Exclusive interview – William B. Davis
The first interview of the year couldn’t be better because it’s a real honour for us to have interviewed Mr. William B. Davis. The 71-year-old actor agreed to give “ExpedientesX.es” an interview via e-Mail, allowing undergo series of questions sent from our readers. His tireless work as an actor, director and teacher of actors have prevented great time to devote the answers but certainly he has been flattered in this interview (first in Spain?).
No doubt the actor gave life to one of the most important and characteristic character not only in “The X-Files” but also in all the world of television series, creating one of the most important villain in history. No one can’t negate that The Cigarette Smoking Man will be remembered forever as one of the best villains of history, William knows it and we also know so there are no words to express our thanks.
Without further ado this is the interview.
Greetings and thank you very much to lend us some time, is a real honour for us coming from an actor that we really appreciate and admire. As I advance you the following questions have been largely made by fans of “The X-Files” in “Creer Es La Clave” Forum, and they all represent the admiration for your work. So they where excited with this chance and I’m very honoured to ask you the following questions.
Therefore, without further ado, I begin questioning briefly about your current and future work.
ExpedientesX: Currently we can consider that your work is pretty much focused on three very different fields: theatre, television and films. How you combine three worlds as different and separate as socially and culturally as them? Not just for actors, directors and other “staff”, but also by the audience.
William B. Davis: I’m not sure the difference is as great as you suggest, at least for the actor. Television and film are quite similar and sometimes it is hard to know whether one is doing a television movie or a feature film. Theatre is quite different in that everything happens in real time. There is no Take 2. Often the material one works with in theatre is more challenging, or at least more intellectual.
EsX: Your work on theatres brought you to Europe, to be precise to England, but returned to Canada. It’s really so exclusive or different this world in the old continent as other people said?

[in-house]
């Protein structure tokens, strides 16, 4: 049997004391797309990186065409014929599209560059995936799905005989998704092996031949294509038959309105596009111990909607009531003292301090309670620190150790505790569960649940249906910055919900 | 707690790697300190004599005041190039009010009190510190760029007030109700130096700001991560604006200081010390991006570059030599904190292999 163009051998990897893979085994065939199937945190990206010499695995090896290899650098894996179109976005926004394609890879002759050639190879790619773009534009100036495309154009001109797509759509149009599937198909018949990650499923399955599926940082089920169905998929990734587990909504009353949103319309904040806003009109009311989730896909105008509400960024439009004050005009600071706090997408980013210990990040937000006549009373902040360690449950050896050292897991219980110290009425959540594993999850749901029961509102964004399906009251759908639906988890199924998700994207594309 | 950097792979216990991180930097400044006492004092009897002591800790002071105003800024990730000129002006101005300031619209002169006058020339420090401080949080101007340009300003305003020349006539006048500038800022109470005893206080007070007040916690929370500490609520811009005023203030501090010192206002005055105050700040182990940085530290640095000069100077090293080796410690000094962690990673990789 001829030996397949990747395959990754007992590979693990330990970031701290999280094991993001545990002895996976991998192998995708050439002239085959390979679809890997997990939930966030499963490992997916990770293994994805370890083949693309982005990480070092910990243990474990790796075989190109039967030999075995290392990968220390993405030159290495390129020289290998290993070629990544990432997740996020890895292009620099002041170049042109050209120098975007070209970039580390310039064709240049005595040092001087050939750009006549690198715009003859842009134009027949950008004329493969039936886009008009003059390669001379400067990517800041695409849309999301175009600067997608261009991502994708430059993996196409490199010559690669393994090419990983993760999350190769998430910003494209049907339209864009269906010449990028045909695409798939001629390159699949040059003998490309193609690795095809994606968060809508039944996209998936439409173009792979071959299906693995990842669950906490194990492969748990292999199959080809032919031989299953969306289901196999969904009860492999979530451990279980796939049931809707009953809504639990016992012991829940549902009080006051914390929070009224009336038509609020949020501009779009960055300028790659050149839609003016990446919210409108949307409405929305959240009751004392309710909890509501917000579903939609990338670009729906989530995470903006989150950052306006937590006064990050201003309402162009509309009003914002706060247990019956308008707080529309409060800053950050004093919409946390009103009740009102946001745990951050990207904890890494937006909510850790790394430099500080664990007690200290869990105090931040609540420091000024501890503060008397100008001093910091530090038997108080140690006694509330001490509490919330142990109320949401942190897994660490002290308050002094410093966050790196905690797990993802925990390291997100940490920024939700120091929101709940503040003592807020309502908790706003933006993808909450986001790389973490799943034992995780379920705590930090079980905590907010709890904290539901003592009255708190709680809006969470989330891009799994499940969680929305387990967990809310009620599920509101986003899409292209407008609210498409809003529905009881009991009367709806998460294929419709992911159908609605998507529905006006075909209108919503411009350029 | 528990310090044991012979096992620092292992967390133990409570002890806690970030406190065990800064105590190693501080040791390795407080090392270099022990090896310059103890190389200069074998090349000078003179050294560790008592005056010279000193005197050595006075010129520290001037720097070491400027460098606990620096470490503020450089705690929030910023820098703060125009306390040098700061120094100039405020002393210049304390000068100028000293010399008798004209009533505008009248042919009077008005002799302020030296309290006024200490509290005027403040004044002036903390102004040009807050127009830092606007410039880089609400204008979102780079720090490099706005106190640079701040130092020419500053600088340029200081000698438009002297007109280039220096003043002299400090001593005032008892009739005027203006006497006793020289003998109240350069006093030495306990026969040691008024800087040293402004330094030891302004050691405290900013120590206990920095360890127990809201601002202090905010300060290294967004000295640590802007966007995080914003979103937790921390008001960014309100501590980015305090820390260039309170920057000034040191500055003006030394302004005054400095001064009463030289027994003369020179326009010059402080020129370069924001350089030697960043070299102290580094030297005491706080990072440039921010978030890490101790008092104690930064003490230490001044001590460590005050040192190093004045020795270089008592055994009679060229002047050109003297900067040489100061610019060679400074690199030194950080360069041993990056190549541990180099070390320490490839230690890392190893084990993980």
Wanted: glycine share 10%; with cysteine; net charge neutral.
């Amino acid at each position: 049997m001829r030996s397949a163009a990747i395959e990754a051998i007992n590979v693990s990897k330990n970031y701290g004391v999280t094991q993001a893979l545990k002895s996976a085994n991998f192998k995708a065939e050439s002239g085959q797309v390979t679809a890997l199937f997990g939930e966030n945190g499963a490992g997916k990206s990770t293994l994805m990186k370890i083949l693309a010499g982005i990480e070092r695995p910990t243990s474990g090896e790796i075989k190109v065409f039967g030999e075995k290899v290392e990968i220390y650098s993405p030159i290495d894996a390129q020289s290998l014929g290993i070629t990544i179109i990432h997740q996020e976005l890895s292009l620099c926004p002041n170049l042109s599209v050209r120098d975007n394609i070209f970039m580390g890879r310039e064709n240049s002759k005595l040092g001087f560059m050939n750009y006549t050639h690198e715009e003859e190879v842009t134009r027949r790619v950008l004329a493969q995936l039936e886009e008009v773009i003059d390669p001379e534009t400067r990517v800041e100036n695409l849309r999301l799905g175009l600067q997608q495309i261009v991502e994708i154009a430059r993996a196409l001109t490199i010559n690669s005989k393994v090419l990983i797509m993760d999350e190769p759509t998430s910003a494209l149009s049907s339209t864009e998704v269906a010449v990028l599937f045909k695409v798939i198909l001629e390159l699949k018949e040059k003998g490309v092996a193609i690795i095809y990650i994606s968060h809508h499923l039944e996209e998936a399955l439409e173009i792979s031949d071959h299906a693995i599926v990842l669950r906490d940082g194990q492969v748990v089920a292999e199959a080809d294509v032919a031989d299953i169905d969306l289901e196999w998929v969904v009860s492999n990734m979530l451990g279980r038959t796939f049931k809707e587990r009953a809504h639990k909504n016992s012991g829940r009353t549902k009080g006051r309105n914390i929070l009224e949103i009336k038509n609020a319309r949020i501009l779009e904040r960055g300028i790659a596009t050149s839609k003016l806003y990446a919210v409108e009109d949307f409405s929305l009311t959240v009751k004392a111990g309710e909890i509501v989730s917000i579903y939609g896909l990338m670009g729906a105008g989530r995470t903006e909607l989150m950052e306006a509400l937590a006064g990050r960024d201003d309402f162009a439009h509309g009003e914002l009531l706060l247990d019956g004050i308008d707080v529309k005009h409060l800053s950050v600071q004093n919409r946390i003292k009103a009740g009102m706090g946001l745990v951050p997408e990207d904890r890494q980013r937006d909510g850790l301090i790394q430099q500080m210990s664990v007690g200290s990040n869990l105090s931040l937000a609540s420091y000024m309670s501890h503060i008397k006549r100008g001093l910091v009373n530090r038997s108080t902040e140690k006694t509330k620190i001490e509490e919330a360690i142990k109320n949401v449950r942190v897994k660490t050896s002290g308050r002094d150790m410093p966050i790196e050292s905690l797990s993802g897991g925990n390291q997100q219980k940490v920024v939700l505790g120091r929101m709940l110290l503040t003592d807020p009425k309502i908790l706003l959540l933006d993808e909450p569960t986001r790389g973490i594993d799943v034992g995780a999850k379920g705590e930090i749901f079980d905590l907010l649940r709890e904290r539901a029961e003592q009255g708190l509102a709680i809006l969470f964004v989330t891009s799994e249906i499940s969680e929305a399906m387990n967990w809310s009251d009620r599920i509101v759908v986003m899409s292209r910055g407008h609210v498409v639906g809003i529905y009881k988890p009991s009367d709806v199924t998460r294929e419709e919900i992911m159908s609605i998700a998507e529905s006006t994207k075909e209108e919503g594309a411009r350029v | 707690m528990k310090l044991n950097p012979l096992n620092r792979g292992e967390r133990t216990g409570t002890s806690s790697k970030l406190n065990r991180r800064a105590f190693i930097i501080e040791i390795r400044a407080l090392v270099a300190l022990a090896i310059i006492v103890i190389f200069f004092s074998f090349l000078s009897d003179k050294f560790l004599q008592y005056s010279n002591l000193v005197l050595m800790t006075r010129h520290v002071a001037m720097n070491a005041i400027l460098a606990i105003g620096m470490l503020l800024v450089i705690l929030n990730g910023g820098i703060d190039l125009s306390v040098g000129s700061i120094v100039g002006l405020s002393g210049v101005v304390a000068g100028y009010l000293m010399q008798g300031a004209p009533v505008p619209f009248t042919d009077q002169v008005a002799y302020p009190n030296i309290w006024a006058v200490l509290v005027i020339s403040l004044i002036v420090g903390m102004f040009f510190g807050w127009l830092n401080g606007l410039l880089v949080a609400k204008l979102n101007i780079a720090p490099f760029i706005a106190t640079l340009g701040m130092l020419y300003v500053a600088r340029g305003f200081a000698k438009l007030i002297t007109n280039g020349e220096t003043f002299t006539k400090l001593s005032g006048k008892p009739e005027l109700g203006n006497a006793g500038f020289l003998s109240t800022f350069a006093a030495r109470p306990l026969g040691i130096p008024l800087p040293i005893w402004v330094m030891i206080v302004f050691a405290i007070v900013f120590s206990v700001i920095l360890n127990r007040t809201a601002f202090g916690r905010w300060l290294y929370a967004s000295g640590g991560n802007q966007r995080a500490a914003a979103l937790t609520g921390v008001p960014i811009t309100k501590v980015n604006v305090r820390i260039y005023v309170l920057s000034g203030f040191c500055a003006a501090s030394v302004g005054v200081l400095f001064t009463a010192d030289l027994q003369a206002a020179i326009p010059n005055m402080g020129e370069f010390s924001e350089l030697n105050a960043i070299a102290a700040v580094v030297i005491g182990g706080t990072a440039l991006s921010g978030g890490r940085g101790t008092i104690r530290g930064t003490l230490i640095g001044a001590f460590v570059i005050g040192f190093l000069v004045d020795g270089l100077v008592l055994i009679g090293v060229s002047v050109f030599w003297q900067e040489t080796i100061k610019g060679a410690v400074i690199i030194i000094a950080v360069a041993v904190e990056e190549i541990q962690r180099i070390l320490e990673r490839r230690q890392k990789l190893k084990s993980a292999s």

William B. Davis: Britain has a theatre tradition that is much stronger than anything we have in Canada or even in the US. It also has a tradition of subsidy for the arts which the US does not. When I went to England it would have been difficult to duplicate the experience in North America but things have changed on this side since then.
EsX: In other side there are your sporadic and briefly works on television, can we consider that you are tired of it after so many years in “The X-Files”? In fact you no longer accept contributions on great roles nor in TV movies (“Web Of Desire”, “Judicial Indiscretion” or “The Secret Of Hidden Lake” to name some of the latest) nor in series (“Supernatural”, “SG-1” or “Robson Arms”), would you work more actively in one of them if they give you a chance?
William B. Davis: I’m not sure I understand this question. (EsX: ¡Ouch!) I do work that interests me or that pays me decently or both. I have not pursued regular roles in series largely because I would have to base myself in LA and I don’t wish to do that. But I would do series work again if the part were interesting and the location desirable.
EsX: With the current boom in TV series: do you think there is any of it that really takes the witness who made “The X-Files”?
William B. Davis: “X-Files” was quite unique both to its time in the history of television and the internet and subject matter that was current in the 90s. Television is so much more fragmented now it would be hard to duplicate that broad appeal that it had.
EsX: And finally, there are your great works on TV either as actor, director or screenwriter. Once again we can see your love for all the parts in filmmaking, but: by which will you prefer to be remembered?
William B. Davis: I am most likely to be remembered for “X-Files”. My directing in film and television is modest but I had a significant career as a theatre director and acting teacher before X-Files.
EsX: In 2008 you directed, wrote the script, edited and acted in “Reverse”. How do you feel after seen the results achieved?
William B. Davis: Mostly I was happy with the result but we had some limitations of time, weather, and crew that limited the final effect.
EsX: Have you ever been on holidays or on work to Spain or any country in South America? What do you remember of them? Recently you worked with the Colombian director Rodrigo Garcia, what do you thing of his Latin way of life?
William B. Davis: I didn’t see enough of Garcia to comment on that. The closest to South America I have been was the shoot for 100 Days in the Jungle in Costa Rica.